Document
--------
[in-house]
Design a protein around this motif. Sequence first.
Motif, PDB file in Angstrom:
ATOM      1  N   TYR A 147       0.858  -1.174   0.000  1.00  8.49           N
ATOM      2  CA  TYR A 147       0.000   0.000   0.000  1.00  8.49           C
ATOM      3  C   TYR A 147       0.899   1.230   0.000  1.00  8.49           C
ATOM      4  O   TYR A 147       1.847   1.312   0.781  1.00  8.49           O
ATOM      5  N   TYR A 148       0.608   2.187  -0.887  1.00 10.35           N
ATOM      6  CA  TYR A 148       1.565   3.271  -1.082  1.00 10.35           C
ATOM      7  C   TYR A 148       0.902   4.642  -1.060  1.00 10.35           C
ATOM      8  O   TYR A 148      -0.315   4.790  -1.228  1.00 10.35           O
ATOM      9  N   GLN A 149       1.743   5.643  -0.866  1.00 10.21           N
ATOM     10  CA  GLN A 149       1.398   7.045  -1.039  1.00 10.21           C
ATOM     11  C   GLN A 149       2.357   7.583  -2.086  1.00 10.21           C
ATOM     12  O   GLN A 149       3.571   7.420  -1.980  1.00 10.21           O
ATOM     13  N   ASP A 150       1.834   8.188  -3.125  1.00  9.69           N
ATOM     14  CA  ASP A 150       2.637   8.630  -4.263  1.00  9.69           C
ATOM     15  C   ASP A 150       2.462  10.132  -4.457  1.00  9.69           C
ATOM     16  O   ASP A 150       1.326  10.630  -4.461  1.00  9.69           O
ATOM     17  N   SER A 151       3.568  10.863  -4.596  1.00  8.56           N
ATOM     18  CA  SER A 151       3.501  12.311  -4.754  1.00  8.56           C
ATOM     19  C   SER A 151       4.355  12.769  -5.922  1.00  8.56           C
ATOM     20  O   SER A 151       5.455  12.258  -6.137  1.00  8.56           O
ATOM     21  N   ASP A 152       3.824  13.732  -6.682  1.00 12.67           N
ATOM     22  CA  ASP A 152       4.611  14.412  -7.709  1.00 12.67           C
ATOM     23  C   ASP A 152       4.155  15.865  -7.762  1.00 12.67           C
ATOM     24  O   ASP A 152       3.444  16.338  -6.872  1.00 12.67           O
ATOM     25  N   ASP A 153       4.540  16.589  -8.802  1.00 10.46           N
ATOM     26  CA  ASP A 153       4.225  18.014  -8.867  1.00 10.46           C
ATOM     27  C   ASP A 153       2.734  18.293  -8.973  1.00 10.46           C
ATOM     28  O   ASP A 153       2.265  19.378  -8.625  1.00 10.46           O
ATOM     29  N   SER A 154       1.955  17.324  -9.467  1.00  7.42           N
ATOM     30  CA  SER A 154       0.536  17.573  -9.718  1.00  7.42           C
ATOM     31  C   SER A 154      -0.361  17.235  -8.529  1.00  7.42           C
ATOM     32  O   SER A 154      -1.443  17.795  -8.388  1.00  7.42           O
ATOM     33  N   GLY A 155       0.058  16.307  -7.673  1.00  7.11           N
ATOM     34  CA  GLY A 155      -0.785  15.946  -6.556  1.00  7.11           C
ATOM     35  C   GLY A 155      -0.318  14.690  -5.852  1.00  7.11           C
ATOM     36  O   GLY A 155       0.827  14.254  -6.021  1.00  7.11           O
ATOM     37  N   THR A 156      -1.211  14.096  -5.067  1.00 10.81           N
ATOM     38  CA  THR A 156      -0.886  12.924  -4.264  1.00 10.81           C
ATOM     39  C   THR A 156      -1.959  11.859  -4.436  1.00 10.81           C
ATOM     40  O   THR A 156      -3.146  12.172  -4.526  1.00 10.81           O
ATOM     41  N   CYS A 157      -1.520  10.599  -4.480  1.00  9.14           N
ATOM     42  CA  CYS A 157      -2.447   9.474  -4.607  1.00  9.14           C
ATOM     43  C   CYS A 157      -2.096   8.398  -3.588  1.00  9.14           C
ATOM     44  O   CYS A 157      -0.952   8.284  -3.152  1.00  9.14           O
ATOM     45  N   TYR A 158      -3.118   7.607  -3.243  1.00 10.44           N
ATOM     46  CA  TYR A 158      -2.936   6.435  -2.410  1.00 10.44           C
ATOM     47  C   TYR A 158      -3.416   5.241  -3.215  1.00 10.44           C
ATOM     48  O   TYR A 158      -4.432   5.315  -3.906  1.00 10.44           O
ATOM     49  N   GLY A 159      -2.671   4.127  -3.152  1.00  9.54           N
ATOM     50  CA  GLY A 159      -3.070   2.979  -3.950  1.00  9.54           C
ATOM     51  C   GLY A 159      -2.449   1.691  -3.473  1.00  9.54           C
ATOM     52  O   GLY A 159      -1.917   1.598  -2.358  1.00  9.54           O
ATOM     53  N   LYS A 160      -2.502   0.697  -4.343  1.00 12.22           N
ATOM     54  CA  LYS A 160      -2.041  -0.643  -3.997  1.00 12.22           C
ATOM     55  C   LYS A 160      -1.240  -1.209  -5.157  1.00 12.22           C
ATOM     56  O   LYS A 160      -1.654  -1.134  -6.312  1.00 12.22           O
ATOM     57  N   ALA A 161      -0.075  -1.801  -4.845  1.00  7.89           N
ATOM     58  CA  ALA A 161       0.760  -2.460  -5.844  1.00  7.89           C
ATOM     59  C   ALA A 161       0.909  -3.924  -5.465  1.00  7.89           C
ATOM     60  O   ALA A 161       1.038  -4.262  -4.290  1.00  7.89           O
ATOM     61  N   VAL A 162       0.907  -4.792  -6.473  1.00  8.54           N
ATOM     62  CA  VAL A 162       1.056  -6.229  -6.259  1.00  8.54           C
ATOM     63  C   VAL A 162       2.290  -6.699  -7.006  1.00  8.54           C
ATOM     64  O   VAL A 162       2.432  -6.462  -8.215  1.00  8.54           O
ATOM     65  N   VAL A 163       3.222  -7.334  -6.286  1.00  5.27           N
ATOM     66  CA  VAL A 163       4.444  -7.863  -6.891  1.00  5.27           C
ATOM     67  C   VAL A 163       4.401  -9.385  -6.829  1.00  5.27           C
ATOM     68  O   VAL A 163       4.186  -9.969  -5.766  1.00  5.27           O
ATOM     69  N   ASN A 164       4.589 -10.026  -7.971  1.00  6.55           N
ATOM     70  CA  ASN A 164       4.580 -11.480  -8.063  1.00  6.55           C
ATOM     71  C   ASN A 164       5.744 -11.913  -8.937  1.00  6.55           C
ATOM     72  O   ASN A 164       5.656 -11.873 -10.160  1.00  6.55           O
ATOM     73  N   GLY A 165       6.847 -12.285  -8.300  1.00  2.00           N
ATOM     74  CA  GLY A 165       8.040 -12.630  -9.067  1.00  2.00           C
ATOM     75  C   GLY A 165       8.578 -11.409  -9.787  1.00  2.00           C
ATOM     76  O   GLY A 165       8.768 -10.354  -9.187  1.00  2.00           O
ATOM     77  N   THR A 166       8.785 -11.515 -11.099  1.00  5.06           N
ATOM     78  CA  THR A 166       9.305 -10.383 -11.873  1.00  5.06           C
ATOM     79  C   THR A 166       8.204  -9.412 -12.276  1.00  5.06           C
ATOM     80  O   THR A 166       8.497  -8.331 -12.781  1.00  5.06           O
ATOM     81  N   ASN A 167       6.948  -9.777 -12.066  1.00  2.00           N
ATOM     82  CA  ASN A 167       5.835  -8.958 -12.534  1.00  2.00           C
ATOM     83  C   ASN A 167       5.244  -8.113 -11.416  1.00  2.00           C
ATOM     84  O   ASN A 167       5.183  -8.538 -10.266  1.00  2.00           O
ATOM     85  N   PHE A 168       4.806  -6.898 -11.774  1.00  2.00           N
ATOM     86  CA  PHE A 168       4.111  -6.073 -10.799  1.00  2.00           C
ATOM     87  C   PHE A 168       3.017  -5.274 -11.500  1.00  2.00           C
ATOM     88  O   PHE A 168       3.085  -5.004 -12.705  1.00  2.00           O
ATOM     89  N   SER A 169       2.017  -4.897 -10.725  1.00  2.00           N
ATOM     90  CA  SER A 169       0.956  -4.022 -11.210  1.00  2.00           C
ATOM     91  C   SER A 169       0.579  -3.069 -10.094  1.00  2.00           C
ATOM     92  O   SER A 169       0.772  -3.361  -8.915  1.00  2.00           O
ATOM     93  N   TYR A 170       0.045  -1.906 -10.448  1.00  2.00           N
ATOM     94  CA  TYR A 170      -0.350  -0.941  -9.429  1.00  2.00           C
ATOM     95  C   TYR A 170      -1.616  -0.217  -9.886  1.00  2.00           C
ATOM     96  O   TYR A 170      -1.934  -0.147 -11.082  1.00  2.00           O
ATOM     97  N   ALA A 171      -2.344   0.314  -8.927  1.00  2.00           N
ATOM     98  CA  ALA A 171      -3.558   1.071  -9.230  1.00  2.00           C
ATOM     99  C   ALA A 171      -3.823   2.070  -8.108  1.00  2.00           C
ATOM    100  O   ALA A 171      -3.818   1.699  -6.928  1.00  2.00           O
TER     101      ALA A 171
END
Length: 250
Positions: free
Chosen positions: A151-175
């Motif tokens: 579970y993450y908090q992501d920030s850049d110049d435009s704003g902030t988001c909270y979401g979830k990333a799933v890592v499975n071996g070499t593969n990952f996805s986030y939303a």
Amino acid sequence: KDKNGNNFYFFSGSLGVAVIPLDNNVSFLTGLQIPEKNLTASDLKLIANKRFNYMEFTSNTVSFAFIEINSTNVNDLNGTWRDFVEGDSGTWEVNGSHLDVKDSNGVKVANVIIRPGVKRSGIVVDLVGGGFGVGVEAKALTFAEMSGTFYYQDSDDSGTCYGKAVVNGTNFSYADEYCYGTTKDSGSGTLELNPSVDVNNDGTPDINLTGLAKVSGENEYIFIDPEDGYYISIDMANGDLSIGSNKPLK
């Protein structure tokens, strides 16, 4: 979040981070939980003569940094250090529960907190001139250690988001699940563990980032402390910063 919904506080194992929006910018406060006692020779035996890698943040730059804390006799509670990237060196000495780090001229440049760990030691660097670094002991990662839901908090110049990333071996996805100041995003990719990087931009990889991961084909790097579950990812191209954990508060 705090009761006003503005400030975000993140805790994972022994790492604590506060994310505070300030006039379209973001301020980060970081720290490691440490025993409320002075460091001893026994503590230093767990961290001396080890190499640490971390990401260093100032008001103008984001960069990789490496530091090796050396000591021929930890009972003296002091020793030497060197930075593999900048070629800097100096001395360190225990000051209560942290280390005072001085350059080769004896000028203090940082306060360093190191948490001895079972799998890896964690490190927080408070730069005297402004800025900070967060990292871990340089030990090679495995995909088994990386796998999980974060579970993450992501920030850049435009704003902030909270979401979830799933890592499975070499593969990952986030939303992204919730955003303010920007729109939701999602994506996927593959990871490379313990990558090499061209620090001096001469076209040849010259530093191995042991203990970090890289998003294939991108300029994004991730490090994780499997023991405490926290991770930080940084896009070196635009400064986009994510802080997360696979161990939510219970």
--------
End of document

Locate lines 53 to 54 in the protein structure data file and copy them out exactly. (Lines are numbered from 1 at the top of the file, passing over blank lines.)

ATOM     50  CA  GLY A 159      -3.070   2.979  -3.950  1.00  9.54           C
ATOM     51  C   GLY A 159      -2.449   1.691  -3.473  1.00  9.54           C